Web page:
To address this problem, we need to include six-year graduation rates in the NSHE Performance Pool component of the new Funding Formula. As a starting point in the discussion, I propose that a 10% weight be applied to six-year graduation rate in the current “University Performance Outcomes and Points” model. To compensate for including this new metric, the weights for number of Bachelor’s degrees and Master’s and Doctoral Degrees should each be reduced by 5%, to 35% and 15%, respectively.

Nevada recently received a failing grade for the “student access and success” component of the recently published “Leaders & Laggards: A State-by-State Report Card on Public Postsecondary Education” by the U.S. Chamber of Commerce (http://icw.uschamber.com/reportcard/nevada/). A major factor in determining Nevada’s “F” grade was “The four-year institutions rank in the bottom 10 states in terms of completion rate …” While graduation rate is not a panacea for student success, it is a national and international benchmark by which universities are ranked. Increasing graduation rate at NSHE’s universities will lower the debt burden on our students, improve the rankings of our universities, and attract businesses to the state seeking a well-educated work force.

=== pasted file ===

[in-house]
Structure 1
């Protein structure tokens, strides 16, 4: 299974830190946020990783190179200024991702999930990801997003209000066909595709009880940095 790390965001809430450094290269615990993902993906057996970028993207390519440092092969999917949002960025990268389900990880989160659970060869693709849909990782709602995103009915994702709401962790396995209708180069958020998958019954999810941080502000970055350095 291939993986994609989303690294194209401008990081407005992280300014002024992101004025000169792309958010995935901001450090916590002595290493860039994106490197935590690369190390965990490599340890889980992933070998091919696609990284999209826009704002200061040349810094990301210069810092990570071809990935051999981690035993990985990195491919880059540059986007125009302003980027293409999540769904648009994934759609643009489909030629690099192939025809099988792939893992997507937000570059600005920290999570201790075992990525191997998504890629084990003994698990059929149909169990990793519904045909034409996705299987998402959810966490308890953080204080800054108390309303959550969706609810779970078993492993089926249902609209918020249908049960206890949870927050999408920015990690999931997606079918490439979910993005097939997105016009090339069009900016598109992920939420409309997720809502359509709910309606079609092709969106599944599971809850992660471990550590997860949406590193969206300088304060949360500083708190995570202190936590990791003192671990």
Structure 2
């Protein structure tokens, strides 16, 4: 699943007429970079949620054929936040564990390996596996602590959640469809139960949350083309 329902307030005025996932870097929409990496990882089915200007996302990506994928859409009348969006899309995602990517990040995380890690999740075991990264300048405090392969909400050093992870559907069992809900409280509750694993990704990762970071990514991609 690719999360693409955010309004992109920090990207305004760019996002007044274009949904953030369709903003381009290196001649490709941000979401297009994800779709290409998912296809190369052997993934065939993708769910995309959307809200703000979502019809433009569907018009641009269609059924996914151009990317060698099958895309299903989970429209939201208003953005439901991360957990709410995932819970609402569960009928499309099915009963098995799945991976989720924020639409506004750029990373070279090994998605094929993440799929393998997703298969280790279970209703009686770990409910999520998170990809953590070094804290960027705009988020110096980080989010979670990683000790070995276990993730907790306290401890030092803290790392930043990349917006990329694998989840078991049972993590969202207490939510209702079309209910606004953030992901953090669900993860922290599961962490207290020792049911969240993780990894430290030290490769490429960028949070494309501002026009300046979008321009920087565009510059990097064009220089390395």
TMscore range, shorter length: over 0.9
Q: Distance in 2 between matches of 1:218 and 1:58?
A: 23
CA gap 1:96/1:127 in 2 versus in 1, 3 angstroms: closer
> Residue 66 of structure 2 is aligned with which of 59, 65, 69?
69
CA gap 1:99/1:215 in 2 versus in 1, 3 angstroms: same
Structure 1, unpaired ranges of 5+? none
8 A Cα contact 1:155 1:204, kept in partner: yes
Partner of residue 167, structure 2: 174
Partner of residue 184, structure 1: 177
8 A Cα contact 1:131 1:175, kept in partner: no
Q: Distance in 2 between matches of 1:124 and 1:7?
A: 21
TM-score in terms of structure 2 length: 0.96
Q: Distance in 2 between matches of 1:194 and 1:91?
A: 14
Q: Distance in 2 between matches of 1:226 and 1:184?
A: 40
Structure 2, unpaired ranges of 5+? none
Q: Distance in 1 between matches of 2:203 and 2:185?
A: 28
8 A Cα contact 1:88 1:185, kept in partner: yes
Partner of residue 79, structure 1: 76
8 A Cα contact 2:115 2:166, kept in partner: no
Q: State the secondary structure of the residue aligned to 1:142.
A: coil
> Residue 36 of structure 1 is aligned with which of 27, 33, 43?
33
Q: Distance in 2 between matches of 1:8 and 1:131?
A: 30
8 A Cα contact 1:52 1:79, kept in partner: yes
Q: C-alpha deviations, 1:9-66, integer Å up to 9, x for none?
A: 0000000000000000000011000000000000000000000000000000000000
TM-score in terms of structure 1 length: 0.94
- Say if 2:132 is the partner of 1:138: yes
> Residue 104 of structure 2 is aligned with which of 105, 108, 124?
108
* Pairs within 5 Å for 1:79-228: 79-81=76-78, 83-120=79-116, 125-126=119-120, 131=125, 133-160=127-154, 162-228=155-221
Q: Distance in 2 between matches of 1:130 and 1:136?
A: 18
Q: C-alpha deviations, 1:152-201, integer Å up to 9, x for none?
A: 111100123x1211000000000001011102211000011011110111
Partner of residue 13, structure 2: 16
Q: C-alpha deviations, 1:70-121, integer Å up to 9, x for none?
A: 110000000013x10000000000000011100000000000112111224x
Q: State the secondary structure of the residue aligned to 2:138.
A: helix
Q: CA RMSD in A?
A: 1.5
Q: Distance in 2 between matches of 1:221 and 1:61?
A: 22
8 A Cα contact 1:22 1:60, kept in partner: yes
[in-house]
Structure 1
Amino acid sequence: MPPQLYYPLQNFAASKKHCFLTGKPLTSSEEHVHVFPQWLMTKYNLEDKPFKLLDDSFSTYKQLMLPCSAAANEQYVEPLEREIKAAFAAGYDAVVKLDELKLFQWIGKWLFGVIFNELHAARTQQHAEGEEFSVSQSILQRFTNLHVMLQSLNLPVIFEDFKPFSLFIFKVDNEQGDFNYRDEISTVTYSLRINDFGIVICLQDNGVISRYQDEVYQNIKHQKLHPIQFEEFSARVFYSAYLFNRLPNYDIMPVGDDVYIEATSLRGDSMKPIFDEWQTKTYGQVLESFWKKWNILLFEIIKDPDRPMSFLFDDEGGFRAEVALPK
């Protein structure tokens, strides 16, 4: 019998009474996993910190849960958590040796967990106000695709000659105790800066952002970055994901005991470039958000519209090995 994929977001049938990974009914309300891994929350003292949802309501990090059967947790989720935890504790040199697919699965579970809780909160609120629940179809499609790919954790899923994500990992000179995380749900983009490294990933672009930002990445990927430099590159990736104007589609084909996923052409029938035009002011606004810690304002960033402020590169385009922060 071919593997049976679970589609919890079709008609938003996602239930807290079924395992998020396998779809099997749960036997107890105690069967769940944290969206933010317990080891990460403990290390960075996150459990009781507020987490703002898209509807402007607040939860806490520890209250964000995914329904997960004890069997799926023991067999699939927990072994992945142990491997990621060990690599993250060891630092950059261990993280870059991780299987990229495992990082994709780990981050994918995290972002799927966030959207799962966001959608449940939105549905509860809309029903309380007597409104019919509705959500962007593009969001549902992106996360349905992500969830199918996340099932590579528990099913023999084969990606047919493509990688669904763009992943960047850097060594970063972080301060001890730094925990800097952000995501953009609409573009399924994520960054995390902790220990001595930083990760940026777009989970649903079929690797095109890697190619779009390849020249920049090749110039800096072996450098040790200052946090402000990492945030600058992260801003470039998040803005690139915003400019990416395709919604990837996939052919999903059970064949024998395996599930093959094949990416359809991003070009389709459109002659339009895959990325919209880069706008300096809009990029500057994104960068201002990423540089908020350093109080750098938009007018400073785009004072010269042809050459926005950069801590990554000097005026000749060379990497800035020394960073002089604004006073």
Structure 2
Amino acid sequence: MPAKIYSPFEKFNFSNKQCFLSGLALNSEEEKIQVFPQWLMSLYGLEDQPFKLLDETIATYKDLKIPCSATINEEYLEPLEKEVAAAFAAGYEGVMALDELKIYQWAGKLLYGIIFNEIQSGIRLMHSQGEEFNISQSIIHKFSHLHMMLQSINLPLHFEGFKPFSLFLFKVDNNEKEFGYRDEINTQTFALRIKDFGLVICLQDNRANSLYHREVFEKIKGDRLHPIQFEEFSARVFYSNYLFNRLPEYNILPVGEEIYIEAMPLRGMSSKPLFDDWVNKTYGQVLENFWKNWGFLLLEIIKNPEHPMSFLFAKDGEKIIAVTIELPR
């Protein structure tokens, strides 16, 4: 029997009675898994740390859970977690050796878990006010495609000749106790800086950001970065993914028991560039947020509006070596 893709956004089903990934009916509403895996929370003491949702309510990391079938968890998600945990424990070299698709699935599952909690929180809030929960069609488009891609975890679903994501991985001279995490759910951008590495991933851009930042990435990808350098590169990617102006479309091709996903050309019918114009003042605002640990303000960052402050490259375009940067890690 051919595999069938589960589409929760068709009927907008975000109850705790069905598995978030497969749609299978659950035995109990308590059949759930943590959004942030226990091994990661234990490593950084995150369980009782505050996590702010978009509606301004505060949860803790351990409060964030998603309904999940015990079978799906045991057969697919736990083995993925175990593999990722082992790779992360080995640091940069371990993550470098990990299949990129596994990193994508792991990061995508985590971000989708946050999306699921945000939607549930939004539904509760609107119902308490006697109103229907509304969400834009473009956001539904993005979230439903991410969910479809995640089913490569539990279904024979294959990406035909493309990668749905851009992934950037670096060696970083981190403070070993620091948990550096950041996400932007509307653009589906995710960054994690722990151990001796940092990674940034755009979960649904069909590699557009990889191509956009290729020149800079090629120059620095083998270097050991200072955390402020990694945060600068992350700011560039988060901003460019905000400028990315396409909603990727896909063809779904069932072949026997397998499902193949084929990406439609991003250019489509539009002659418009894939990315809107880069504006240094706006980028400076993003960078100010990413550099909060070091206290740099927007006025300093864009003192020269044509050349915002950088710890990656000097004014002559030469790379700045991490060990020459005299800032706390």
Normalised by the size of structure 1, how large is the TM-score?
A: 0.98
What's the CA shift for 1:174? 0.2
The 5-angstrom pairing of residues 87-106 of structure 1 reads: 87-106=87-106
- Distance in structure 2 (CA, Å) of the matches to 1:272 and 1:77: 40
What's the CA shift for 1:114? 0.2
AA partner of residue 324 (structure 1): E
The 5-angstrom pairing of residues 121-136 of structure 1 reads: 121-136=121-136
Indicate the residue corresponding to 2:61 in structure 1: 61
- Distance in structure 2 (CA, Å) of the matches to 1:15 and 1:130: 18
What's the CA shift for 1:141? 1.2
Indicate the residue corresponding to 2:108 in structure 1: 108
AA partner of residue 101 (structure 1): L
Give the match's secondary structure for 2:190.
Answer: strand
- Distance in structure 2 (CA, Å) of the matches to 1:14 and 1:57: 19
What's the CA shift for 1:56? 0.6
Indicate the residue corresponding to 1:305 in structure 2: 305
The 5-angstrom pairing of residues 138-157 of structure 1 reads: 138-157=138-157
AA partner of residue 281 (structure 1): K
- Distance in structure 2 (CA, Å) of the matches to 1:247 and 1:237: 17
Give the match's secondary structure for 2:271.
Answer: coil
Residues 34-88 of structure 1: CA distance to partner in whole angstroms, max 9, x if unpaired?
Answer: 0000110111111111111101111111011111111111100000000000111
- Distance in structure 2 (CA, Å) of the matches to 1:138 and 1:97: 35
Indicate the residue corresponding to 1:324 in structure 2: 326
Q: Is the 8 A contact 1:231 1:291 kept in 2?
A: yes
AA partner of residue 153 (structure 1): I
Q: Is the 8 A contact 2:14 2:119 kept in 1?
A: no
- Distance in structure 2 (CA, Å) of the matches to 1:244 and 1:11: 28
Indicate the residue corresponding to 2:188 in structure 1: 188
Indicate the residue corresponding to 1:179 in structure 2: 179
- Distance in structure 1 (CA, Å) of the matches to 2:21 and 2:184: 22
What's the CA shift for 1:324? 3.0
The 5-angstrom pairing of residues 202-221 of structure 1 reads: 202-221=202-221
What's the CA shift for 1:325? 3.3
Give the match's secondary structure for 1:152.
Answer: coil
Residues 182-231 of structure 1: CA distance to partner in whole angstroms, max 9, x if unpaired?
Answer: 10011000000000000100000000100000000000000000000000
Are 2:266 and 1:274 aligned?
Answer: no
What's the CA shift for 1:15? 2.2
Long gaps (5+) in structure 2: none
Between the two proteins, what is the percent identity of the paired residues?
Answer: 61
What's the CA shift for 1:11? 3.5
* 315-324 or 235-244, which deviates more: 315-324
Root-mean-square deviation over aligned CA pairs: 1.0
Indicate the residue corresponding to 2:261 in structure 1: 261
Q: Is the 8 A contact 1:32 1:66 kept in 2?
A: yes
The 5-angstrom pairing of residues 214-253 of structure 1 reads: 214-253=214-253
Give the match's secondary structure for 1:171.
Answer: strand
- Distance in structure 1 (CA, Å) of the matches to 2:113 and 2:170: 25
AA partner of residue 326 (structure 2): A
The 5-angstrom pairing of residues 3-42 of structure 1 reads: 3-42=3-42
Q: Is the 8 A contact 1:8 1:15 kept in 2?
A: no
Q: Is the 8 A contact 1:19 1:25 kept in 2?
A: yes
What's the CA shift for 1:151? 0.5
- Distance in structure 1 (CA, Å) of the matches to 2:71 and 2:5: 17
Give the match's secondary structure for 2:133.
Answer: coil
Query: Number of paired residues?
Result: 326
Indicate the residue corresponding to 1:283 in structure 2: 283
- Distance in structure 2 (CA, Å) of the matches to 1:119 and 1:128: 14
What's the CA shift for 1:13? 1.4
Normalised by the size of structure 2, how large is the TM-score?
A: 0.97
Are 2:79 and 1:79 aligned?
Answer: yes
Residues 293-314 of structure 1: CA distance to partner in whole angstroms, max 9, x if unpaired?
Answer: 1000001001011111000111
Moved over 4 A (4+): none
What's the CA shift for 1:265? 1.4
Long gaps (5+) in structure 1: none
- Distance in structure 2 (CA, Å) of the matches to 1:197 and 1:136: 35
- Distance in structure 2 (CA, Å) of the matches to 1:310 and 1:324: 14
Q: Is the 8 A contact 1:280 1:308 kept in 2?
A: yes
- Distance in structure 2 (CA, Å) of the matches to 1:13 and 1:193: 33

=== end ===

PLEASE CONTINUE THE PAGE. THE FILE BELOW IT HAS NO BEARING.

P.S. Tennessee has recently adopted six-year graduation rate as a significant component of their funding formula for higher education (http://www.state.tn.us/thec/) and it is likely that other states will be following Tennessee’s lead.

Thank you,

David W. Zeh
Professor
Chair, Department of Biology
Chair, Faculty Senate
University of Nevada, Reno
Reno, NV 89557
Tel: (775) 682 5735
Fax: (775) 784-1302
email: zehd@unr.edu

More information regarding this Legislative subcommittee can be found at the following link:
Funding of Higher Education’s Funding Formula Subcommittee

 


Greetings from David Zeh, 2012-13 Faculty Senate Chair

June 14, 2012

Dear Faculty,
 
The Faculty Senate held their scheduled executive board elections at their May 9, 2012 Faculty Senate meeting and we are proud to present the new Faculty Senate Executive Board Members to you:
 
Chair:                         David Zeh (Biology)
Chair-elect:                Swatee Naik (Mathematics and Statistics)
Parliamentarian:        Chuck Price (Joe Crowley Student Union)
At Large:                    Trish Ellison (CABNR)
                                   Glenn Miller (CABNR)
Ex Officio:                    David Ryfe (Journalism)